Matthews Invokes Ronald Reagan to Attack Michele Bachmann for Opposing Weak Obama Nuke Policy
Peace through strength - that was former President Ronald Reagan's method of achieving sound foreign policy as leader of the free world. Reagan was able to win the Cold War by showing the Soviet Union the United States could have both guns and butter.
However, President Barack Obama has recently declared he would take a different approach to foreign policy, particularly in the area of nuclear proliferation. The President announced earlier this week he has worked out a deal to significantly reduce nuclear weapon stockpiles in an agreement with Russia. This has drawn the ire of many conservatives, but that has MSNBC's Chris Matthews perplexed.
Matthews, the host of "Hardball," complained on his April 7 program about Rep. Michele Bachmann, R-Minn., being outspoken on Obama's decision to give into potential adversaries on the nuclear issue and claimed that contrary to what history would suggest about former President Ronald Reagan, Bachmann was going against the ideas of Reagan.
"Here's Michele Bachmann critiquing President Obama on his nuclear policy," Matthews said. "I am confounded by why she's upset by his nuclear policy, since Ronald Reagan was one the great idealist about someday getting rid of nuclear weapons in this world. But here she is, let's listen to Michele Bachmann on this new conservatism."
Matthews played Bachmann speaking at a rally in Minnesota on April 7, which she explained peace is accomplished through strength in her estimation and not by backing down, especially with so many threats in the world.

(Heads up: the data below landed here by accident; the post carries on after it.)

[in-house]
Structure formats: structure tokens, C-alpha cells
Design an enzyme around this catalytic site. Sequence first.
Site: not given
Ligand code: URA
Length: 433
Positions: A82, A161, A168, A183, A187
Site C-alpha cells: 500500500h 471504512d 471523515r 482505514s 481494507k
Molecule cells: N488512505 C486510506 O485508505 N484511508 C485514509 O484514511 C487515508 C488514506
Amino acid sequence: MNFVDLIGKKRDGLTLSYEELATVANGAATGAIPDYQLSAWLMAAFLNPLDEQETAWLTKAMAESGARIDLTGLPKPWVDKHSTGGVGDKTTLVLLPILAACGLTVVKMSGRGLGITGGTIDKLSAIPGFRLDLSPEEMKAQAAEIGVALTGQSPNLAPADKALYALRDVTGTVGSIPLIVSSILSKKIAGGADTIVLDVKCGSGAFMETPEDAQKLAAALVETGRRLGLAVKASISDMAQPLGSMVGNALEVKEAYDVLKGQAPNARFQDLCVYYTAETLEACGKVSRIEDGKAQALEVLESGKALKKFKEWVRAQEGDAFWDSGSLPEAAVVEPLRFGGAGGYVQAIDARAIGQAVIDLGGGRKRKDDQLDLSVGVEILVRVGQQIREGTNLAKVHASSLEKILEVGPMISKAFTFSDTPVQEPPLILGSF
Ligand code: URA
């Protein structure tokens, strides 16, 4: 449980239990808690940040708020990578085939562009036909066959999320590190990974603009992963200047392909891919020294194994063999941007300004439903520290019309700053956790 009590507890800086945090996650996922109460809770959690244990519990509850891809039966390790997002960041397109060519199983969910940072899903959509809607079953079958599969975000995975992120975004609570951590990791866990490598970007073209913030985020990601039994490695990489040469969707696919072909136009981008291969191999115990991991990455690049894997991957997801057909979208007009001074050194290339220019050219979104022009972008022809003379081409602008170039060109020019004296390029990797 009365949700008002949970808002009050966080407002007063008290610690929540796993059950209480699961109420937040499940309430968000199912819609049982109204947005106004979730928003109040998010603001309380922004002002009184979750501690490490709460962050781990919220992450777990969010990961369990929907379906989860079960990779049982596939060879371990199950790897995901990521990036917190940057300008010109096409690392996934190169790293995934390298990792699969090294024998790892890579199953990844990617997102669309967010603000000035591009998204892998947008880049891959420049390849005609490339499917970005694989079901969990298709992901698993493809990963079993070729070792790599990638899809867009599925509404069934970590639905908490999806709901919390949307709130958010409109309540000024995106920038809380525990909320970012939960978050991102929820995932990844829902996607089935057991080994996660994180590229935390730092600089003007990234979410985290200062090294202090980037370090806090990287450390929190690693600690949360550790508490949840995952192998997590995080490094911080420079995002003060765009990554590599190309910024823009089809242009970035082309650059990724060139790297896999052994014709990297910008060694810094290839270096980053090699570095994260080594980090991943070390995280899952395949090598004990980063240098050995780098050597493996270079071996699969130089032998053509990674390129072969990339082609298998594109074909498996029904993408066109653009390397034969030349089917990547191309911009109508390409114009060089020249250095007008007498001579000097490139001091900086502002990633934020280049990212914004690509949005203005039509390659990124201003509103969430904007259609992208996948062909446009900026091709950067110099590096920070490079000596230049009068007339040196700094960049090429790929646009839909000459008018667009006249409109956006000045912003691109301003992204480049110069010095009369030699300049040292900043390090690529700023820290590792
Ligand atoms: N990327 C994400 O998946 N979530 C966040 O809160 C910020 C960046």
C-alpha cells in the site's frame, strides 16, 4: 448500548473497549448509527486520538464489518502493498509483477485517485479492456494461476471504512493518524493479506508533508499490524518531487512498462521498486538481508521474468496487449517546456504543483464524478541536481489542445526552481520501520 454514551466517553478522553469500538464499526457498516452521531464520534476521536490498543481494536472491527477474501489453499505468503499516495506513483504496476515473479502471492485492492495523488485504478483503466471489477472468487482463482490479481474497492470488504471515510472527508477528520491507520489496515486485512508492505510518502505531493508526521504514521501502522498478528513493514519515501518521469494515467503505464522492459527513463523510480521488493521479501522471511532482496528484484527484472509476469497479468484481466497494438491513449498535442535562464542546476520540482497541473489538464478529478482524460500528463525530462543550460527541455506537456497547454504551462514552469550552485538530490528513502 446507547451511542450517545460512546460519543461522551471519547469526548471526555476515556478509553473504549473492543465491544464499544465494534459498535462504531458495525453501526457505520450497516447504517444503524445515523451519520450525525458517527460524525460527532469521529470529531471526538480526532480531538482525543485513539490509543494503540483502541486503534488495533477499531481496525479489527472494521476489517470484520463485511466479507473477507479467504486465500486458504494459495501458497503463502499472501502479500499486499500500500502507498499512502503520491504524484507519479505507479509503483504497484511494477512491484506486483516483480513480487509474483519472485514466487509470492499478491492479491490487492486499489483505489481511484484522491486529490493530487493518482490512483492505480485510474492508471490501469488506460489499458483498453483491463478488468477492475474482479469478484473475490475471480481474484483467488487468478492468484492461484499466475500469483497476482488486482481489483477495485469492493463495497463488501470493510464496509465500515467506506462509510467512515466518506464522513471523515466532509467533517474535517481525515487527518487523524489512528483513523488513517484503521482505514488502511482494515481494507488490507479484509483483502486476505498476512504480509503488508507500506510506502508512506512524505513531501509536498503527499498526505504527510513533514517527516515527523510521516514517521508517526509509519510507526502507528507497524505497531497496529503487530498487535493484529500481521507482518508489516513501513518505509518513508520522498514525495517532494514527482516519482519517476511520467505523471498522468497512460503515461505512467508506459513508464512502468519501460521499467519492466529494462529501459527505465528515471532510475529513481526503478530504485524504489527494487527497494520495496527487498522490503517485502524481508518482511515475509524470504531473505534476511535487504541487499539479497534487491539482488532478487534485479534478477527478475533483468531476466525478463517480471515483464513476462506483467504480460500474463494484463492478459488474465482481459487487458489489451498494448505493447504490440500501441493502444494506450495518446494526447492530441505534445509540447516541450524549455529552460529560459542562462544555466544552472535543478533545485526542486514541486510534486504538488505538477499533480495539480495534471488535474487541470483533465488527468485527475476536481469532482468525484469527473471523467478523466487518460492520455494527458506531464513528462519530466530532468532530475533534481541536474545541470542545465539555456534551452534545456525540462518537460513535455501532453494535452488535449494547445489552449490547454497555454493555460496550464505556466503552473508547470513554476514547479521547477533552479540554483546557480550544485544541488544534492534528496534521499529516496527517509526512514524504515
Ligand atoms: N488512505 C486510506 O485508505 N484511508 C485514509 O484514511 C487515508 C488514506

"And then earlier this week, we found out that the President said that he was going to change the United States' strategy on dealing with nuclear weaponry," Bachmann said. "Did this shock everyone? So if in fact there is a nation who is compliant with all the rules ahead of time and then complied with the United Nations on nuclear proliferation, if they fire against the United States, a biological weapon, a chemical weapon, or maybe a cyberattack - well, then we weren't going to be firing back with nuclear weapons."
Matthews, obviously hung up on Bachmann declaring a cyber-attack a threat, dismissed her approach to national security. However, many qualified experts would argue a cyberattack from abroad is potentially a bigger threat to the nation's infrastructure than chemical or biological weapon. Still, Matthews diminished this threat to score cheap political points against Bachmann.
"I don't get that," Matthews declared. "I guess I'm waiting for the applause line there. But I guess I never thought of using nuclear weapons against somebody hacking into our system here, our computer system. Nuclear weapons are basically used in the context of the Cold War or at its worst, as counter to other nuclear weapons except in Europe."
MSNBC political analyst Pat Buchanan suggested there was some merit to having nuclear arsenals, but wasn't sold on the cyber threat either.
"James Baker told the foreign minister of Iraq if they use chemical or biological weapons on our troops in Desert Storm we would retaliate with nuclear weapons," Buchanan said.
And Ron Reagan, the liberal-leaning son of former President Ronald Reagan completely dismissed any reason to have nuclear weapons, including the cyberattack threat.
"Nuclear weapons have been used twice in all of history and we're not eager to use them again," Reagan said. "And no, we're not going to nuke somebody just because they hacked into our computers. That's not going to happen."